6 principles for a positive profile
Self-promotion doesn’t come naturally to most of us, and sometimes neither does being positive and upbeat – especially when it comes to online dating. But positivity is attractive and injecting it into your dating profile is crucial. After all who’s going to respond to a profile that oozes negativity?
We know that the past relationships and the rigours of online dating can be wearing, and staying positive through all that can be tough. So, here are 6 principles to help you on your way towards making that profile shine through with positivity.
Positivity doesn’t mean being fake
We’re not saying you should start writing things like ‘My world is filled with sunshine and I’m looking for someone to skip down the rainbow of life with’. That would be a) probably incorrect and b) sickening. It also doesn’t mean that you need to desperately sell yourself; instead, employ a positive mindset when writing, or ensure that you’re naturally in a good mood when you start.
Words are important
When someone reads something you’ve written, it will inevitably conjure up images and ideas in their head. Make sure these images and ideas are positive by carefully choosing the words you use in your profile. Read your profile out loud to a friend and ask them to tell you what it makes them imagine: an upbeat, positive person, or a negative moaner?
It’s not a list of no-nos…
…you should save them for your ‘Must Have/Can’t Stand’ lists. In the eHarmony profile, we ask the question ‘what qualities are you looking for?’ and yet so many people use that space to list the things they don’t want in a partner. For example, you could write ‘No lying’, but the reader will focus on the negativity of the word ‘lying’. Instead, you could put ‘Honesty’ and turn that negative into a positive.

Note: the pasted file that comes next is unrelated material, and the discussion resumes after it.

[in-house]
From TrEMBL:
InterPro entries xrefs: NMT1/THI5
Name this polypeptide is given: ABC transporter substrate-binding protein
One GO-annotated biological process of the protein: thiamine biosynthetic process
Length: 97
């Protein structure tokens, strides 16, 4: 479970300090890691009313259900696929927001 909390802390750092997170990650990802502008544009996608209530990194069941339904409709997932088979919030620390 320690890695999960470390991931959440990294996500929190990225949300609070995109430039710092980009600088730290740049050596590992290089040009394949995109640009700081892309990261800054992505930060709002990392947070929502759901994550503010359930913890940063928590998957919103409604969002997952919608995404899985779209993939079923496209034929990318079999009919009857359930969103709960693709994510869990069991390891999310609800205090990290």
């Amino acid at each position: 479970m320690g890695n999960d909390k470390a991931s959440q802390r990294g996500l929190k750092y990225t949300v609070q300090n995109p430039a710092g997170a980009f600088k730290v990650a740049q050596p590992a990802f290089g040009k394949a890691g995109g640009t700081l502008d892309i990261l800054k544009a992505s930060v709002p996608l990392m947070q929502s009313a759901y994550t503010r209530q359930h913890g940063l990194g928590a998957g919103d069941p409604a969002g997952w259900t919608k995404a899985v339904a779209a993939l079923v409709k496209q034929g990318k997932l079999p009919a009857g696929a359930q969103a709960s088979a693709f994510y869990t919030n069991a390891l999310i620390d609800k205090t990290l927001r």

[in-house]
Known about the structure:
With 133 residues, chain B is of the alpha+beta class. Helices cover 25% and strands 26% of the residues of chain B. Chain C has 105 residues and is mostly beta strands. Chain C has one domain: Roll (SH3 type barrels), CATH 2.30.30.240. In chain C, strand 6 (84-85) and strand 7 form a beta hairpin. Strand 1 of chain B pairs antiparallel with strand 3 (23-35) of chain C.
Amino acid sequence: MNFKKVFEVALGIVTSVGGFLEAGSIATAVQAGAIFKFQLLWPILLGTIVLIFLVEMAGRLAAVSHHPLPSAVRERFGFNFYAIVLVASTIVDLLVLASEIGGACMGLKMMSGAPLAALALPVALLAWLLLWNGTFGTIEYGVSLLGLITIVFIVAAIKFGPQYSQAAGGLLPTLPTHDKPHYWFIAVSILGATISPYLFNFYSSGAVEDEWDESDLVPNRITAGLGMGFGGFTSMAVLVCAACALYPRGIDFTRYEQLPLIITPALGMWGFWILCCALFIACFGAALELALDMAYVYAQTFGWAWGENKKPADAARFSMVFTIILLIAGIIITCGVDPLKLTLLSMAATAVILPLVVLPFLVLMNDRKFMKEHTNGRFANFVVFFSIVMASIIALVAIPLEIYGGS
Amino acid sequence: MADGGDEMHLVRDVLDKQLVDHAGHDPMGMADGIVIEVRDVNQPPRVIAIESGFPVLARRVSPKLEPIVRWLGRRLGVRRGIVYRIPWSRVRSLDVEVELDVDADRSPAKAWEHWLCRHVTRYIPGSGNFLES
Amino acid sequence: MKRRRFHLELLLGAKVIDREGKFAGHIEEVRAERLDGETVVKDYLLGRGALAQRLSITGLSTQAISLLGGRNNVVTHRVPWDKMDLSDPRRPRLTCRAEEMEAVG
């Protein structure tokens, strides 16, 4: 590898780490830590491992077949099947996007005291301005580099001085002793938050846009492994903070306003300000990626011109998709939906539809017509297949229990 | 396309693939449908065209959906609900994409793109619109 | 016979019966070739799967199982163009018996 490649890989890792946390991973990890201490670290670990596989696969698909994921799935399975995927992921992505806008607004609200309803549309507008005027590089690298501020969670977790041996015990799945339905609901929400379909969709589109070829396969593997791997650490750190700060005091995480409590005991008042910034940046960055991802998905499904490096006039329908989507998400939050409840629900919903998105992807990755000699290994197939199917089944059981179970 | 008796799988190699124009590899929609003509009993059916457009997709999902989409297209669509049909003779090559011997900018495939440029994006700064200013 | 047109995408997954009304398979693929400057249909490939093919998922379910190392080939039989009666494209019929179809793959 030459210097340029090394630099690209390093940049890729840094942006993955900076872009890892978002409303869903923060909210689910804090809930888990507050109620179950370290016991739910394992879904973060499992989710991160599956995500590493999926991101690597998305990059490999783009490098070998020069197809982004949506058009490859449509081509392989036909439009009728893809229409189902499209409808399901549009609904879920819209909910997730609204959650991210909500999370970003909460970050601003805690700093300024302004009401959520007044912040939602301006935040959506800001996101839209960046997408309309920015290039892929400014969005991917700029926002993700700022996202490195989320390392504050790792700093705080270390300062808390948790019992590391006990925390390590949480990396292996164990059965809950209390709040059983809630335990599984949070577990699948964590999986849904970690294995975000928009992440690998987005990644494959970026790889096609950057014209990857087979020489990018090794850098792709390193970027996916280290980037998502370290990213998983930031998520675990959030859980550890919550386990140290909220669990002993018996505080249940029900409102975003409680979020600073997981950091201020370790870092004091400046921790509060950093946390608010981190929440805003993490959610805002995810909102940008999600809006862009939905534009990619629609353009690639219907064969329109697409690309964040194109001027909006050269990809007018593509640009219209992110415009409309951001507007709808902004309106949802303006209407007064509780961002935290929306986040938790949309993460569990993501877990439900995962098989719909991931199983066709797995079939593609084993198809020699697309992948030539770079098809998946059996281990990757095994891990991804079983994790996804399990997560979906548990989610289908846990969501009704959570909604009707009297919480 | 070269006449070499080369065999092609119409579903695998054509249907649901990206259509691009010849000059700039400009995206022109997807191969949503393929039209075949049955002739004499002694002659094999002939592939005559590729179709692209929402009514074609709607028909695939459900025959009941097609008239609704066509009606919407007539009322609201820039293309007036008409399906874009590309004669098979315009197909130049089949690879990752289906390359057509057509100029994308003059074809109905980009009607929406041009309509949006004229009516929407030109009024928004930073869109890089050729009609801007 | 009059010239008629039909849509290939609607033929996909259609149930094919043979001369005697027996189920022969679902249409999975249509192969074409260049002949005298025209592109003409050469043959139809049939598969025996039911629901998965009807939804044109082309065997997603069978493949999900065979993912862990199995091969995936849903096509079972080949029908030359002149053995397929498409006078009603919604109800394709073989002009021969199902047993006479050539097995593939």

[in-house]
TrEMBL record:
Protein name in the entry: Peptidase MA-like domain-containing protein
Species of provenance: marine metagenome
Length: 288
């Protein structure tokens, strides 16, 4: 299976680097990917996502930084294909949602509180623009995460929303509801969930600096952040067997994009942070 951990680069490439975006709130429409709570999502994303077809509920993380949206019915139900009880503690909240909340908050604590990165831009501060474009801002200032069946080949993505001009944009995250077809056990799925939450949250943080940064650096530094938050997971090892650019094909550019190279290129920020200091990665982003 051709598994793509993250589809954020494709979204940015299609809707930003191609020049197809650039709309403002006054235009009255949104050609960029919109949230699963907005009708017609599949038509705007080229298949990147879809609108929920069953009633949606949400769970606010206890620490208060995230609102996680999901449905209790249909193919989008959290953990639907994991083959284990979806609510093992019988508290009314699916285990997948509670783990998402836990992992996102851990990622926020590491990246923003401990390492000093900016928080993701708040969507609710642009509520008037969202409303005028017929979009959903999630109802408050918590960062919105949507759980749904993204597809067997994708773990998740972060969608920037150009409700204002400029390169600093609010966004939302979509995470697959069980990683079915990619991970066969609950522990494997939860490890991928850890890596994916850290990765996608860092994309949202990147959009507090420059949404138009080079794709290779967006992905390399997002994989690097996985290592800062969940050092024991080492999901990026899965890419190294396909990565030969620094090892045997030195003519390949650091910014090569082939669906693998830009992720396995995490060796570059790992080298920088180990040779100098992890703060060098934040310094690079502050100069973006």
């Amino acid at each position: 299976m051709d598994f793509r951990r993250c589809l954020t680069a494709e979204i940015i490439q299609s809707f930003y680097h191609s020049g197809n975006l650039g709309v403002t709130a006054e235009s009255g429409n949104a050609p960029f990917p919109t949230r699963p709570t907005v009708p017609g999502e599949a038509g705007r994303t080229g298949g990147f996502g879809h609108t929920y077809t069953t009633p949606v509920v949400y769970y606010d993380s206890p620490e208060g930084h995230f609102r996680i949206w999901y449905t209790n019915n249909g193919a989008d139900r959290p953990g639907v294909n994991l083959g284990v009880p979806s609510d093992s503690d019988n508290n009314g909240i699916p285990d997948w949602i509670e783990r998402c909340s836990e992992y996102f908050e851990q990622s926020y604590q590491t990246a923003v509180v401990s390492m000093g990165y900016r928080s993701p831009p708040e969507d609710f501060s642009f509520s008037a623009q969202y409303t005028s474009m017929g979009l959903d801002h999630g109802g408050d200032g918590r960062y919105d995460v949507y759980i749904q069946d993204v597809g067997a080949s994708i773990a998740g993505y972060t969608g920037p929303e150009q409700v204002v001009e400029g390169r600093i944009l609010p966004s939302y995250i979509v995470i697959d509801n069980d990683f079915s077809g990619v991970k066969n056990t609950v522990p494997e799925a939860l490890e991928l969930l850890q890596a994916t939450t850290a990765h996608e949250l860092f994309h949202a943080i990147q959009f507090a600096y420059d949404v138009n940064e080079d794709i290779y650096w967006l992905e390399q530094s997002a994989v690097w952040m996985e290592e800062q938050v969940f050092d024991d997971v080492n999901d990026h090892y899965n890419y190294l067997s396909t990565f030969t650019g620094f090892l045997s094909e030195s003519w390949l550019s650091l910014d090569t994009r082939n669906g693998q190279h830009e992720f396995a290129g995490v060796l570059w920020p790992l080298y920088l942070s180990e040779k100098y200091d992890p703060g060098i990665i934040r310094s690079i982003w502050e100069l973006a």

Turn that frown upside down!
OK, that’s a bit cheesy. But what we really mean to say is that if you must include deal breakers in your profile – and to some extent that’s ok, we all have them – then find a way to make them sound positive. Instead of saying ‘Argumentative types need not apply!’, put something like ‘Finding someone who can stay calm under pressure, and who can express their feelings clearly, is important to me’.
Better than this would simply be to focus on the positive; the unique things you’re looking for in a partner, that don’t necessarily apply to everyone else. After all, aren’t most people looking for someone who isn’t argumentative or rude?
Beware of over-sharing
Some people feel the need to be brutally honest in their profiles about certain personal traits or issues that might be seen negatively by others. It’s a way of pre-screening your matches yourself. By saying ‘You should also know that I have a persistent, red, itchy rash all over my arms and legs that some people might find unattractive’, they reduce the risk of being rejected in person.
Of course, it’s totally up to you what you write in your profile and if, for example, you’re disabled in some way and prefer to be upfront that’s totally OK. But just think twice before posting something that’s seriously personal. Ask yourself if it’ll truly affect your future partner, and if not, you might want to hold off.
Don’t go into detail
If you do have something you feel you need to tell your matches in your profile, avoid going into too much detail. Otherwise you might sound like you’re apologising for something that isn’t your fault. Make your point and move on.
Most importantly, when you’re writing your profile think about the future. That’s what matters, not past bad experiences and relationships. A positive outlook will bring positive results!
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